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Re: Tales of Terror #1: Architects doing engineering

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Dennis-
I thought I'd probably get a rise out of you on this :o)

I guess the bottom line is that it doesn't really matter how the "analysis" is performed as long as the resulting construction is adequate to meet the code required loads. If you model your beam on infinitely stiff supports, the middle one gets more load. If you hung it on 3 rubber bands they would each carry equal loads. For typical wood framed residential construction I think we're a lot closer to the second model than the first. Testing & the plain language of the code confirm this to my satisfaction (up to aspect ratios of 1:6 per Ed Diekmann IIRC) .

It's true that "I've been doing it this way for xx years" & "27 out of 27 engineers are ignoring the code" might be an adequate defense--as long as a rigorous analysis doesn't show that the structure fails to meet the code requirements. Most of the time I just bump up the load 20% & don't worry about it. If I think it's important enough I run Woodwork's Shearwall program. Keylat is too much work.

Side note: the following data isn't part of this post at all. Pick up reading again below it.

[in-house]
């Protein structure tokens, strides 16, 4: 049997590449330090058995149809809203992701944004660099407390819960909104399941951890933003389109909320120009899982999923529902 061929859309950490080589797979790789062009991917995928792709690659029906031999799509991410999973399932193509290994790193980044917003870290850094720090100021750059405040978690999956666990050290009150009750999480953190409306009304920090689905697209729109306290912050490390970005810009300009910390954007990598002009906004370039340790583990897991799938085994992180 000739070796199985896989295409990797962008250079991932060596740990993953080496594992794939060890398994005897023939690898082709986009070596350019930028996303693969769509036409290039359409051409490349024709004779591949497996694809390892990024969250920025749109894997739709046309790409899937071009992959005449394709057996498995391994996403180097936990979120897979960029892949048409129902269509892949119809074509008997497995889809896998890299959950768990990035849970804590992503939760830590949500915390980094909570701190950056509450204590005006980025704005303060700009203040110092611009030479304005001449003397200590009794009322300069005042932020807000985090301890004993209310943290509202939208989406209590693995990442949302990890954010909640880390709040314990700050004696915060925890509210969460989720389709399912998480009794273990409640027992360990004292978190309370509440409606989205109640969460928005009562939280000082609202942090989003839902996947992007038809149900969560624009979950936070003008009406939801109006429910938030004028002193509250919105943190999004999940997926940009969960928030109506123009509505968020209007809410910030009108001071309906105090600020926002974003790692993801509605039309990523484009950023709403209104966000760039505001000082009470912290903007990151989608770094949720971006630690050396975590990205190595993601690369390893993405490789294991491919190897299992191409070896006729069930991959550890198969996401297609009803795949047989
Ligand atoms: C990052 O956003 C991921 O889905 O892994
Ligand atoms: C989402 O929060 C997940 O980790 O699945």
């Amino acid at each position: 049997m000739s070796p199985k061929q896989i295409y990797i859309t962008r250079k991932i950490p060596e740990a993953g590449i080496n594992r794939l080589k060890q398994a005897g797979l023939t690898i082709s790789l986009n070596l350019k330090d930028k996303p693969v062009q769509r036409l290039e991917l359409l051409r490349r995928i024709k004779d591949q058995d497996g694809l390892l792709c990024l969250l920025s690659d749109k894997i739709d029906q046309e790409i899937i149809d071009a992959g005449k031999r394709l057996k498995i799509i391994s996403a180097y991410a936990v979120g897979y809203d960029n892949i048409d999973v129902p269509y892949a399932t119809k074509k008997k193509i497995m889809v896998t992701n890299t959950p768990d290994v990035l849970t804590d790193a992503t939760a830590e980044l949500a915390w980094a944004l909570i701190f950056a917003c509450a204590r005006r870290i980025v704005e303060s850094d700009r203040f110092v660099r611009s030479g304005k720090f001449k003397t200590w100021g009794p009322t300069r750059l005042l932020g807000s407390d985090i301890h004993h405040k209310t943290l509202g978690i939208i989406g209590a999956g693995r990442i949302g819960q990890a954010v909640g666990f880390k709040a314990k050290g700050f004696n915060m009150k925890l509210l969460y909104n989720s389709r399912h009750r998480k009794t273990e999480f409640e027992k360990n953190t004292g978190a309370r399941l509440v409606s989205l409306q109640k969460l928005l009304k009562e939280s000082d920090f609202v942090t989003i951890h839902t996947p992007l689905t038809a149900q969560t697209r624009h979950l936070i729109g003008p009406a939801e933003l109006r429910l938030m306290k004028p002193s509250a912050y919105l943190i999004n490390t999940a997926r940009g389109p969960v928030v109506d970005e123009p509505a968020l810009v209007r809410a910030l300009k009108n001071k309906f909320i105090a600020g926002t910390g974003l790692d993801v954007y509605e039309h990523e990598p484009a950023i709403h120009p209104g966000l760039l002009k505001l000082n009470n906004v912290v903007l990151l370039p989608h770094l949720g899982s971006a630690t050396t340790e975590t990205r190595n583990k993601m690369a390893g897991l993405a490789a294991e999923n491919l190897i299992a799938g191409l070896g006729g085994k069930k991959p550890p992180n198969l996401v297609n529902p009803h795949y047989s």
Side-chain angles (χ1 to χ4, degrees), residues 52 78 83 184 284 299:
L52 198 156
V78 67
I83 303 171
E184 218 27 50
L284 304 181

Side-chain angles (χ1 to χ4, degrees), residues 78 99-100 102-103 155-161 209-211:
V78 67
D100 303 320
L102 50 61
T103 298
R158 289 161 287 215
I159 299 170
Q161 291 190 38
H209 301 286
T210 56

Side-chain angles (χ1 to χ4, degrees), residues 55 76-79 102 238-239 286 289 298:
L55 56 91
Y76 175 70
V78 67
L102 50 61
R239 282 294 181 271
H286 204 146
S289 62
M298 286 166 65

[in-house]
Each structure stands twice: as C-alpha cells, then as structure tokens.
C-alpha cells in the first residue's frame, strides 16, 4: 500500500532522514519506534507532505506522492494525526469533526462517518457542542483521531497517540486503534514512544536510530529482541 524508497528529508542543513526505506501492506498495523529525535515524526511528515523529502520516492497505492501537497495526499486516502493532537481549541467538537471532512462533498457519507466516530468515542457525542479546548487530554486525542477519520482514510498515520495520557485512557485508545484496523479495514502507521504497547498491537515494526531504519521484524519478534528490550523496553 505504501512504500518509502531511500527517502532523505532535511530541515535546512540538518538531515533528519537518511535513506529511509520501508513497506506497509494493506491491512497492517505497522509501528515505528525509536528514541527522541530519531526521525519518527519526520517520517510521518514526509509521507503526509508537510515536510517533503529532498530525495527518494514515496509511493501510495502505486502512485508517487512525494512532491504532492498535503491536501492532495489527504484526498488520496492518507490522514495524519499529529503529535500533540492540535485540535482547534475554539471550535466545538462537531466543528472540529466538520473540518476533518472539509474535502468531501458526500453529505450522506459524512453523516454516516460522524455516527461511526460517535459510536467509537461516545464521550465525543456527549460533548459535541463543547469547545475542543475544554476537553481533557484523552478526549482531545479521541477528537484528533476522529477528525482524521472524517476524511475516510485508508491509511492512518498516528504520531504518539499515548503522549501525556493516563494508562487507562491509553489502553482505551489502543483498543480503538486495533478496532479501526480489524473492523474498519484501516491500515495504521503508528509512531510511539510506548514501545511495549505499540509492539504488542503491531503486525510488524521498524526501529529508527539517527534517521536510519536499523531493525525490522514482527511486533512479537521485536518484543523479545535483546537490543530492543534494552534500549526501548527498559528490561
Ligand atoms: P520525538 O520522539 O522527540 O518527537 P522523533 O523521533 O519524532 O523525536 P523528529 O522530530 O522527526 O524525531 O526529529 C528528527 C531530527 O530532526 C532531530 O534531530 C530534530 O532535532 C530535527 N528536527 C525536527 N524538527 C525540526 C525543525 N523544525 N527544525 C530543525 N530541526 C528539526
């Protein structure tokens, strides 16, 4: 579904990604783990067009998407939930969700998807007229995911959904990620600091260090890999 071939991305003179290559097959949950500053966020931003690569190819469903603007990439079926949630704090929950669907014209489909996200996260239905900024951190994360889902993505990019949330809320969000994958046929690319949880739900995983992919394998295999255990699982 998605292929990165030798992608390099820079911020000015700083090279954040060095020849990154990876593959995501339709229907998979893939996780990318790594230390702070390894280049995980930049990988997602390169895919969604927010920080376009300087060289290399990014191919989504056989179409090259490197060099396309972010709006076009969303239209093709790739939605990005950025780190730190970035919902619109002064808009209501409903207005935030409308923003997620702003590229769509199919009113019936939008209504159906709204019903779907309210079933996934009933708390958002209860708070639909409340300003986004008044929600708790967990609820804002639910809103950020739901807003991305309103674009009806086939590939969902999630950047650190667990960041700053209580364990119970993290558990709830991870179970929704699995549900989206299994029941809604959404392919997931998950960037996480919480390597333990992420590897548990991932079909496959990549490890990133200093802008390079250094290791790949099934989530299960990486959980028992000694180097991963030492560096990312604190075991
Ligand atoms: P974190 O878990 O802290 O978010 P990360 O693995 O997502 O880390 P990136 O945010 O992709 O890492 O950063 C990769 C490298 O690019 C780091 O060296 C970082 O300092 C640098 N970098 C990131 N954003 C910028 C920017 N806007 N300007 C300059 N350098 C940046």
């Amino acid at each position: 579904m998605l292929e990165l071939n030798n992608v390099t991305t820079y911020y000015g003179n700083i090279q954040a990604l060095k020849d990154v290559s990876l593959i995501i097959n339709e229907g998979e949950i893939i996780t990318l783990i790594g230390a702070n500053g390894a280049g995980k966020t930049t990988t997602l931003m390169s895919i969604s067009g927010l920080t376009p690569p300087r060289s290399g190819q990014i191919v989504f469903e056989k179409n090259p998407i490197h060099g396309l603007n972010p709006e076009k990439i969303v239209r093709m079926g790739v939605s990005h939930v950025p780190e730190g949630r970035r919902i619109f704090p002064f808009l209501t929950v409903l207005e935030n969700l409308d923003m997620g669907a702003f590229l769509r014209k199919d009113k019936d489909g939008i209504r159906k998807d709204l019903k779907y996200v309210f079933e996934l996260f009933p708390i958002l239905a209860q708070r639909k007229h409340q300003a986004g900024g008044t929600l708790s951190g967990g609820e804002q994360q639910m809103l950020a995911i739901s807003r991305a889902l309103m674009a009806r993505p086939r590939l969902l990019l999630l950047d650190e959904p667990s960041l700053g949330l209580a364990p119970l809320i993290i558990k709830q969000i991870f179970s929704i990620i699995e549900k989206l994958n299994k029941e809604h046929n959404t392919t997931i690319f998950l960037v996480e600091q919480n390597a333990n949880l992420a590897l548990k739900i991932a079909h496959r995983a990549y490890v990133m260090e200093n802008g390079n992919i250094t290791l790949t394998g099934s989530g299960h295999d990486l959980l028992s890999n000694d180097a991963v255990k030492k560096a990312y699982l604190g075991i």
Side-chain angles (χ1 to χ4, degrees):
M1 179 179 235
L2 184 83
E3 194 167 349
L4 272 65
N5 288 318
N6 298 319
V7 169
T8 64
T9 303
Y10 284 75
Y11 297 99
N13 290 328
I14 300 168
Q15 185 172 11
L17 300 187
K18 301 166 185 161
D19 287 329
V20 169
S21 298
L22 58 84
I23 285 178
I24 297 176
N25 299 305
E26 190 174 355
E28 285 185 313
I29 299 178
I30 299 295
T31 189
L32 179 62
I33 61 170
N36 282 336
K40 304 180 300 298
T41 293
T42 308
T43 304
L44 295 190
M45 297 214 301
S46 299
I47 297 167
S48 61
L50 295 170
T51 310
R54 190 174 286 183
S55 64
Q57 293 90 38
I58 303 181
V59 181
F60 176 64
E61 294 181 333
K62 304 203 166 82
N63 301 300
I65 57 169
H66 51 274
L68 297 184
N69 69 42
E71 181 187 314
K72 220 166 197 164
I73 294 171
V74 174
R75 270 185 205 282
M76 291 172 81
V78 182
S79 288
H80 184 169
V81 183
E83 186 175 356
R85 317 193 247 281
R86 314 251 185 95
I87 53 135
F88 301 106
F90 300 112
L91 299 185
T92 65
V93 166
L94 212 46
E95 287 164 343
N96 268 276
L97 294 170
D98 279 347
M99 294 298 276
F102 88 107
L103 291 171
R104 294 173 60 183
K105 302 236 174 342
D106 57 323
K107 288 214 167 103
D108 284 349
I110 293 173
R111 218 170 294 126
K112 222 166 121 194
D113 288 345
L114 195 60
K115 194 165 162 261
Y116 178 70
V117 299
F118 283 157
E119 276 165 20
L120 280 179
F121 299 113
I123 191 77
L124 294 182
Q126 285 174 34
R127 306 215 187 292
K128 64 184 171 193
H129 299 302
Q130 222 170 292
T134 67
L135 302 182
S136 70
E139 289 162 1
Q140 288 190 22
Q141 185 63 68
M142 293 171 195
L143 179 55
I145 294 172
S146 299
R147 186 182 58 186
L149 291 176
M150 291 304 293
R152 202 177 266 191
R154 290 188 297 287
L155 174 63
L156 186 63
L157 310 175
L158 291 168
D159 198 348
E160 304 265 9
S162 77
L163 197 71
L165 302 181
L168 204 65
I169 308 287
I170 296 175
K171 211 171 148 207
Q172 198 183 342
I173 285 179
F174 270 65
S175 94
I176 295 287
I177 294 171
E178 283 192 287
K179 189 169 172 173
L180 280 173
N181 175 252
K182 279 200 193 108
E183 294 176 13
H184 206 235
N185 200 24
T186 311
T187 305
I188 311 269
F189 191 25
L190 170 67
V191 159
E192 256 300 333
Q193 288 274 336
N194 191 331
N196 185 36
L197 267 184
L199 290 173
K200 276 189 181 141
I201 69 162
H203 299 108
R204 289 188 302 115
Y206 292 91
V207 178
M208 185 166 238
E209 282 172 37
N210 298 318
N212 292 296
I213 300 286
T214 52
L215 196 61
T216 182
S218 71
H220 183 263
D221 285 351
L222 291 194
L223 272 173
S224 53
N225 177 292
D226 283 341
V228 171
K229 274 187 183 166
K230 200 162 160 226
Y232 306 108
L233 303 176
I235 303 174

The reason engineers ignore the code is that the plan checkers let them. City employees enjoy sovereign immunity. Do you? If the local jurisdiction has legally adopted some exception, you are covered. If they haven't, it seems like you are obligated to enforce the UBC as written.

As practicing engineers we've all made our individual peace with flexible/rigid diaphragm issue. I confess that it amuses me to occasionally revisit the matter because I'm convinced I'm correct (even though I'm an M.E./C.E. instead of a real C.E. :o) I'd hate to see a friend get into trouble because he has recently chosen to become a windmill operator instead of merely tilting at them as a hobby.

Your friend,
Chuck Utzman, P.E.

P.S. The conference was the 98SEWC in S.F. & I may have the proceedings on a CD. The testing was at the U. of Texas IIRC. I know it wasn't Ficcadente. Those tests & my discussions with Ed Diekmann, Dan Dolan, & Kelly Cobeen about the matter was plenty enough to convince me, YMMV




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